Data-Driven Clinical Documentation Improvement Program Increases Revenue and Improves Accuracy of Risk Adjusted Quality Metrics

Allina Health, an integrated delivery system throughout Minnesota and western Wisconsin, has long understood the value of clinical documentation improvement (CDI), and its growing importance in recent years. With the implementation of ICD-10, the specificity needed for accurate coding has increased, and reimbursement shifts have occurred as well, creating sizeable payment disparity for some clinical conditions. Leaders at Allina wanted to understand where their CDI program would have the greatest return on investment. However, data from the EHR was not sufficient to inform their strategy. CDI specialists still lacked the ability to perform a comprehensive assessment of the accuracy of clinical documentation, and were unable to confidently target improvement efforts in areas that would generate the greatest return on investment. To take a more data-driven approach, team members leveraged the Health Catalyst Analytics Platform, including their Late-Binding™ Data Warehouse and broad suite of analytics applications to develop a CDI analytics application. With the application, the team identified opportunities and thoroughly vetted them, before collaborating with physicians and service line leaders to educate providers on documentation improvements.

They achieved the following results:

  • 12.1 percent improvement in CV surgical cardiology CC/MCC capture rate.
  • 6.3 percent increase in medical cardiology CC/MCC capture rate.
  • Increased accuracy in publically reported risk adjusted quality metrics
  • Revenue capture improvement across the system – resulting in millions of dollars of additional reimbursements.
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Mission Health Receives 100 Percent of At-Risk Dollars in Payer Incentive Program

Since 2004, the US healthcare system has annually ranked last relative to 10 other developed nations in quality, access, efficiency, equity, and health outcomes. In an effort to improve the quality of care and patient outcomes in the U.S., the Center for Medicare and Medicaid (CMS) launched a series of quality incentive programs designed to generate a shift from volume to value-based reimbursement.  The health insurance industry soon followed their lead, and started writing contracts with hospitals in which a percentage of payment was based on performance on selected quality metrics.

Faced with the challenge of reporting on numerous incentive programs with differing expectations, Mission Health leveraged their enterprise data warehouse to aggregate the data needed to track the quality measures. With millions of dollars on the line with one particular payer, Mission developed an analytics application to monitor performance on the metrics in that contract.  The application was used to analyze whether performance feedback and workflow changes would lead to improved performance on the metrics, thus ensuring that they would maximize reimbursement, while improving care for patients.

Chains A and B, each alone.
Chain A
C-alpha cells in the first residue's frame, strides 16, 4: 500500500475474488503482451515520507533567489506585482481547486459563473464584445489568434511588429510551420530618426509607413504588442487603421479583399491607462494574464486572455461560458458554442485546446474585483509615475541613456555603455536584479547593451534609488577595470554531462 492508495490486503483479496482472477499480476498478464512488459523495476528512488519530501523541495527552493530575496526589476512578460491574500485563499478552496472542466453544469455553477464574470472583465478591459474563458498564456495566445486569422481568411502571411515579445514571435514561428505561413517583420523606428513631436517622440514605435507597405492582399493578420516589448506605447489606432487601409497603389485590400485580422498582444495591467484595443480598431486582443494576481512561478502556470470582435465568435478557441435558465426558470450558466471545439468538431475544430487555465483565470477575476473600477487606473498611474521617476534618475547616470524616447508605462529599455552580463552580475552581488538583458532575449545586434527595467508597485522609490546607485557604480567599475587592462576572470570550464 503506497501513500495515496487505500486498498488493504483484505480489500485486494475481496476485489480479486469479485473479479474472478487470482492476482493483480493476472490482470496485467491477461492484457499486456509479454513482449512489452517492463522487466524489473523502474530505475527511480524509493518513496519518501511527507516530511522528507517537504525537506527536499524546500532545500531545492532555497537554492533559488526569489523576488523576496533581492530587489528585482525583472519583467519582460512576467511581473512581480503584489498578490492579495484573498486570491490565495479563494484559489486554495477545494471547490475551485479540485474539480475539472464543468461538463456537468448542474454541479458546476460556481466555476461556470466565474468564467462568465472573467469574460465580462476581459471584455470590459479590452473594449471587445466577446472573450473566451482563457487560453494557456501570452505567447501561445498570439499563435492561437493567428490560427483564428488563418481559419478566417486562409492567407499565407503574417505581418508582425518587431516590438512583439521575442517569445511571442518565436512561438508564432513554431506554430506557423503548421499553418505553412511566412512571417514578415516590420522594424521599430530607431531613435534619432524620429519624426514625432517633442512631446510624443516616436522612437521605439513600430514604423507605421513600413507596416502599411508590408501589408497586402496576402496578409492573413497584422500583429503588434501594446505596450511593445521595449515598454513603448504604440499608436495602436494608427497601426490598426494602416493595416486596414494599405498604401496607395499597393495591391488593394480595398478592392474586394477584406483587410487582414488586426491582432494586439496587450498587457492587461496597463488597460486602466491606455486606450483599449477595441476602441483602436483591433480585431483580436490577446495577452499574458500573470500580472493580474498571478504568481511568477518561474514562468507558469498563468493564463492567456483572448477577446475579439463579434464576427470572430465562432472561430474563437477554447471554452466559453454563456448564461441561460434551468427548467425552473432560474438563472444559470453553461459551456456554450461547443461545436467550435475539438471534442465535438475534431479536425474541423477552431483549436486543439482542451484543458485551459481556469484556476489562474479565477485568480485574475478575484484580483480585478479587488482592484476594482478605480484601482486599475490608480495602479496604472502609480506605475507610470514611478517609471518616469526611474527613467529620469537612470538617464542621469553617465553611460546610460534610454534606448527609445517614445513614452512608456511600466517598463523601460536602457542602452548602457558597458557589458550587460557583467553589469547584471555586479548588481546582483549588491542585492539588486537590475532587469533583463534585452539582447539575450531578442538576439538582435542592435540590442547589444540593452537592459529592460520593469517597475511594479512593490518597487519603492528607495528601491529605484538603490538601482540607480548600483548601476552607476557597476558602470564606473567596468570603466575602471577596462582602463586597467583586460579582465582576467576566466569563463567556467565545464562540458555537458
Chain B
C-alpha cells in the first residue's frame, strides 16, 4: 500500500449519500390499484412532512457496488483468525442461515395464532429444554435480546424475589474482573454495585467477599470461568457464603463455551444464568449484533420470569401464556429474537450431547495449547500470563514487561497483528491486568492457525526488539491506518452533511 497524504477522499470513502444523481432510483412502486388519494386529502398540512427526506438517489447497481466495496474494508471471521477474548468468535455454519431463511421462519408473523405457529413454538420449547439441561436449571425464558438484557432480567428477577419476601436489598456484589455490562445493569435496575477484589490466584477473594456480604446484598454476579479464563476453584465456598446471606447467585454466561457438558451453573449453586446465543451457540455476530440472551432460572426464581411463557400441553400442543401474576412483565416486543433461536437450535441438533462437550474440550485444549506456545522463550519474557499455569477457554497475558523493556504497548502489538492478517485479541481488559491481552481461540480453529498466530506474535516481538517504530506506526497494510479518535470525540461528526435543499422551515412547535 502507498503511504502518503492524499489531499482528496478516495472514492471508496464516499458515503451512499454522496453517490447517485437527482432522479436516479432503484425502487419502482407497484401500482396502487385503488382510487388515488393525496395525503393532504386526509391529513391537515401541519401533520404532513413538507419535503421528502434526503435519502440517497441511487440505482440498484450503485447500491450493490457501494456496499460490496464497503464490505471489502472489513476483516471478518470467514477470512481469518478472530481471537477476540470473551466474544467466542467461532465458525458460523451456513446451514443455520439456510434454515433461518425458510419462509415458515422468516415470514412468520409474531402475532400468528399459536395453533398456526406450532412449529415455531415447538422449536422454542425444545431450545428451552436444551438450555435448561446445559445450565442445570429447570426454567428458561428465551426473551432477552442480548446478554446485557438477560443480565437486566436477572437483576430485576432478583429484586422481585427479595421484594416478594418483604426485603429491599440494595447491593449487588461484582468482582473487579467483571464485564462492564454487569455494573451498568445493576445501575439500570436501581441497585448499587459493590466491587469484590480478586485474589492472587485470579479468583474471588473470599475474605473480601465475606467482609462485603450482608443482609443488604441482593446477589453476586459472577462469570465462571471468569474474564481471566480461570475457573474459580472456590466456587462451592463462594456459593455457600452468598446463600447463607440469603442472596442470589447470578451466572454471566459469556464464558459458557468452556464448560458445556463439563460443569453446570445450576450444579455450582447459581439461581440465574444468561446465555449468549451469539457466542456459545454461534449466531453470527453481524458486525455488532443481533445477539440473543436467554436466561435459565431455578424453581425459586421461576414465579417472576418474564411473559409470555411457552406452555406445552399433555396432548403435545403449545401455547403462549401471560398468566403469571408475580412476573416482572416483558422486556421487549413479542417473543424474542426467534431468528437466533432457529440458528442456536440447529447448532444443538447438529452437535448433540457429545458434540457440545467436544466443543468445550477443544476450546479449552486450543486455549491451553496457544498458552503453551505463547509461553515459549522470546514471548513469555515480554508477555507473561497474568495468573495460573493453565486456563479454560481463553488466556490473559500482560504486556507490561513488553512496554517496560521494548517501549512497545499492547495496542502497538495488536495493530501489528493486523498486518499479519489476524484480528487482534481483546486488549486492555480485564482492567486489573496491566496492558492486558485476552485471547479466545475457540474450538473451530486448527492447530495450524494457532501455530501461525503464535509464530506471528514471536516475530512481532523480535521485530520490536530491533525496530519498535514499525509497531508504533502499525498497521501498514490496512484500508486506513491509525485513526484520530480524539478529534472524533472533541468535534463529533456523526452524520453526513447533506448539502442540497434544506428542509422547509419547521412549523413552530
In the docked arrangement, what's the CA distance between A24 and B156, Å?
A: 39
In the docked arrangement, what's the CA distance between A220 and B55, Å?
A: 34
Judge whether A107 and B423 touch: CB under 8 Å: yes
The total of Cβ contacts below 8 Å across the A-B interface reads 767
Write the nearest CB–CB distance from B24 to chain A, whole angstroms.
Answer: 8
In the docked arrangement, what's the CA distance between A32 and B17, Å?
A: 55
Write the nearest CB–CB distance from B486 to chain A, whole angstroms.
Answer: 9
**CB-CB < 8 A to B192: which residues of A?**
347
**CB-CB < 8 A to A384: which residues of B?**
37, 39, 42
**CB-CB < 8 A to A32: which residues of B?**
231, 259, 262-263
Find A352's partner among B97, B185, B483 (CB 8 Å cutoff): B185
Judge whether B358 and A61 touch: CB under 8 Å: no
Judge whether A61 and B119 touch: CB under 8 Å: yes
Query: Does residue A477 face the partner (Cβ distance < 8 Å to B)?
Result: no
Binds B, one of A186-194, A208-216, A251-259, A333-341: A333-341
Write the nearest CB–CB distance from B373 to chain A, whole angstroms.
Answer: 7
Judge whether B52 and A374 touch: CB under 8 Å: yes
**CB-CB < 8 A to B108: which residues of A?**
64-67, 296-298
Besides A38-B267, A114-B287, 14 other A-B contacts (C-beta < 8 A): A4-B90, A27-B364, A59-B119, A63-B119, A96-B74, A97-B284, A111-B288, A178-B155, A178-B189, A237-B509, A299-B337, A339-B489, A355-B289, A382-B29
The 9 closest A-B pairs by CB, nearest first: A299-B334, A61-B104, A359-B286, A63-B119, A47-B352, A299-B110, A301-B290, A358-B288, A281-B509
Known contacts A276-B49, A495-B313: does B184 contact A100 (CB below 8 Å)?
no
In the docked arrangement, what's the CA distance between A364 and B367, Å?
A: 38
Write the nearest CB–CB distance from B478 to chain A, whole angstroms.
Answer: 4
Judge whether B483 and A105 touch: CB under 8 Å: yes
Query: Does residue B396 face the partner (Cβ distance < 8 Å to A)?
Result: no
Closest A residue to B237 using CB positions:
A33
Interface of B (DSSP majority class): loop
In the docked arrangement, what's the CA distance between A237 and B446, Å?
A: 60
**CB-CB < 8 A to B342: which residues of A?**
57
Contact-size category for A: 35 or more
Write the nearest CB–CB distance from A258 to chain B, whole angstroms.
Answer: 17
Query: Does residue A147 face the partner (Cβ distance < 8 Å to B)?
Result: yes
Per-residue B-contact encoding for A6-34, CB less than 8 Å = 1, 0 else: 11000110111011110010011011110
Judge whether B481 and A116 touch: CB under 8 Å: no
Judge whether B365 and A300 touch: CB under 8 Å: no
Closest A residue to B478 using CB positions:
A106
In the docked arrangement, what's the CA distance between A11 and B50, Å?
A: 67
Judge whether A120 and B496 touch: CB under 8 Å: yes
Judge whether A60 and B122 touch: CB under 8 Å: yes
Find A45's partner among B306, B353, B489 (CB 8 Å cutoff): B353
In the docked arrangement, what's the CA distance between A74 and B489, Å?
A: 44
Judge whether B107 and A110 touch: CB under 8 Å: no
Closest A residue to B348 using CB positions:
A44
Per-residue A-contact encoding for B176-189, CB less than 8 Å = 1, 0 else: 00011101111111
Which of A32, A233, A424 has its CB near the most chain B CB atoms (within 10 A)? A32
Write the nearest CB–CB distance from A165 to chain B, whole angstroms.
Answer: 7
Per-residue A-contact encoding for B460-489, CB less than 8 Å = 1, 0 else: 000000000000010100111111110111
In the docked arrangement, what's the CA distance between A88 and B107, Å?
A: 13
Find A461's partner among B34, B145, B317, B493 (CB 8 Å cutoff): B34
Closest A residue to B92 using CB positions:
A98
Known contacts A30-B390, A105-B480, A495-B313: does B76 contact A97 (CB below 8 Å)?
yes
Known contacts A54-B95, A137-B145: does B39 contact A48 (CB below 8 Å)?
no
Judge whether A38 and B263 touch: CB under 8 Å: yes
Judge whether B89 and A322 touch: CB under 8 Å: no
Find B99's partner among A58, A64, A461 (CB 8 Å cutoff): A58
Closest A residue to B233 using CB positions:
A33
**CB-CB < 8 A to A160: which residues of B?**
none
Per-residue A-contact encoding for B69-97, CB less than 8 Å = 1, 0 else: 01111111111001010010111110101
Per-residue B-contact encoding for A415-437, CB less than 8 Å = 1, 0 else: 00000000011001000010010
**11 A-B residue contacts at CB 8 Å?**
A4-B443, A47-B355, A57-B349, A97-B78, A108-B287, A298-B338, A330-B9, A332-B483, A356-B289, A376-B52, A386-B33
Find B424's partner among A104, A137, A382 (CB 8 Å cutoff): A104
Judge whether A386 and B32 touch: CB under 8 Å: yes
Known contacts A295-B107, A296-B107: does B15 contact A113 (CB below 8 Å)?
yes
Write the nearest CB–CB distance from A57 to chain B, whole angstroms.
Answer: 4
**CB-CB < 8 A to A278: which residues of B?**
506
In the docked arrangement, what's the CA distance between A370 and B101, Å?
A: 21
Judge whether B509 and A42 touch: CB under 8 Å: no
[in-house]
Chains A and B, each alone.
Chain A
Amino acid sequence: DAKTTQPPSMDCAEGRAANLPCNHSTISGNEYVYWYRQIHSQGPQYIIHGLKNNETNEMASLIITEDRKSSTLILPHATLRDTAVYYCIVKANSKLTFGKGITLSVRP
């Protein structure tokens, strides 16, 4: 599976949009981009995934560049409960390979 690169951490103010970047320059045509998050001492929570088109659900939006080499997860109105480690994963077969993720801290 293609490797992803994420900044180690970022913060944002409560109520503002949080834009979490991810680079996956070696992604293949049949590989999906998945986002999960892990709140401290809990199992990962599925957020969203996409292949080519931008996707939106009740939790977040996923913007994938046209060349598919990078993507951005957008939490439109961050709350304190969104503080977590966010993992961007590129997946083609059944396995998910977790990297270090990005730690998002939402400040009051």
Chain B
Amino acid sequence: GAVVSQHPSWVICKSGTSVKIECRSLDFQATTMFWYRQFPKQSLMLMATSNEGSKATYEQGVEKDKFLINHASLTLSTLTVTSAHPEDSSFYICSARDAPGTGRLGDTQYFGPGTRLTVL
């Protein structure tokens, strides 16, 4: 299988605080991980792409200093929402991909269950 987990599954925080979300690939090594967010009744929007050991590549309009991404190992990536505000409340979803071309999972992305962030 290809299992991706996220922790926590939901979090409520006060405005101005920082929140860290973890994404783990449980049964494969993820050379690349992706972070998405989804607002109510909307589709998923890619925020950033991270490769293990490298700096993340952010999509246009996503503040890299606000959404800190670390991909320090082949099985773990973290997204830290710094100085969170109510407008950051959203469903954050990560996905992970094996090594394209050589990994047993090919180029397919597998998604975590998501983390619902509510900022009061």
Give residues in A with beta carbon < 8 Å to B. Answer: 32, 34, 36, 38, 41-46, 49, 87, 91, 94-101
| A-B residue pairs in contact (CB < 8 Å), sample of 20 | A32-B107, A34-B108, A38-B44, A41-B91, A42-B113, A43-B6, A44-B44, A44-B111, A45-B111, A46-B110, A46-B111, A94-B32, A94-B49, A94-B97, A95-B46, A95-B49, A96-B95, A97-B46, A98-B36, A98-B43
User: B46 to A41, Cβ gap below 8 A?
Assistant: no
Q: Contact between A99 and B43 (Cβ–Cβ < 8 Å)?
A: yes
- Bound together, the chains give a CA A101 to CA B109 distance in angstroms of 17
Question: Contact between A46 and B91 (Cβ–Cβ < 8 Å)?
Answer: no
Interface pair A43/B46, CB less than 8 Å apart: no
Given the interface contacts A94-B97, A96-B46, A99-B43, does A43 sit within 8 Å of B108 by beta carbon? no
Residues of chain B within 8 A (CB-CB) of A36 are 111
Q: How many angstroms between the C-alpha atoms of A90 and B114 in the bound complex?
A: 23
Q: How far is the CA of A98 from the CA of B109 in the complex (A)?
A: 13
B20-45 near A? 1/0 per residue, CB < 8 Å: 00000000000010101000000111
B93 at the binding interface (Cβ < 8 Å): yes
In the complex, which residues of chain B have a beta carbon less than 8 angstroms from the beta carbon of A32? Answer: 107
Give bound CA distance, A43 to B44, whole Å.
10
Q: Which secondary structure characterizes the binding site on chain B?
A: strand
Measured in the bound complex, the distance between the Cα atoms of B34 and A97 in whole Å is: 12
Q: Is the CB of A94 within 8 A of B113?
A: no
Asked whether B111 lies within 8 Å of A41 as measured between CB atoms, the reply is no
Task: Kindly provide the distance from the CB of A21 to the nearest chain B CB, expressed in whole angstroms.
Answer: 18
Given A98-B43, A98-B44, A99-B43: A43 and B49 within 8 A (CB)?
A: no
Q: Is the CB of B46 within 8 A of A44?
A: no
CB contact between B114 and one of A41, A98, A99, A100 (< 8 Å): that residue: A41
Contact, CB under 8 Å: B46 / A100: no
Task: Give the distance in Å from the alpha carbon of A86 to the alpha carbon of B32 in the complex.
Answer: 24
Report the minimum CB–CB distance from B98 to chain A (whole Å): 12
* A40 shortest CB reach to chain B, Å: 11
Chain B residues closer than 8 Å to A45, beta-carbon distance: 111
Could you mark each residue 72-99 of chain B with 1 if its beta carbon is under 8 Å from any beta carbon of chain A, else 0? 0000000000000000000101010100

Results:

  • Achieved 100 percent of all at risk dollars.
  • 100 percent of the ambulatory metric targets were exceeded, some by as much as 19 percent.
  • All five hospitals exceeded targets for 80 percent or more of their inpatient metrics.
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Nurse-Driven Protocol Optimizes Management of Post Op Afib While Reducing LOS and Costs

Post Operative Atrial Fibrillation occurs in up to 30 percent of all patients after cardiac surgery. This serious complication increases the length of the patient’s hospital stay, and is associated with a twofold increase in the incidence of cerebral infarction and an increased risk of 30-day mortality. Timely and consistent management of Post Op Afib can prevent significant complications and help prevent death. To standardize such an approach to managing Post Op Afib, Allina Health’s Minneapolis Heart Institute created a physician committee to raise consensus on and develop a protocol for Post Op Afib management.

The committee ultimately created a nurse-driven protocol and decision support algorithm linked to the health system’s electronic health record (EHR). Additionally, it uses analytics, supported by Health Catalyst’s Late-Binding™ Enterprise Data Warehouse (EDW), to track physician ordering rate, patient outcomes, and cost. This combination of people, processes, and analytics tools has made a significant difference for Allina and its patients.

  • Two-day reduction in ICU LOS.
  • 5.9 percentage point reduction in ICU readmission rate.
  • $1.5 million savings.
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Data-Driven Approach to Improving Cardiovascular Care and Operations Leads to $75M in Improvements

Health spending in the United States is greater than the gross domestic product of most nations, and the costs for cardiovascular disease (CVD) and stroke care alone total $193.1 billion. CVD accounts for approximately one out of every three deaths in the U.S. and contributes to the shorter life expectancy of Americans. Thirty-five percent of CVD related deaths occur before the age of 75 years, and 19 percent before the age of 65.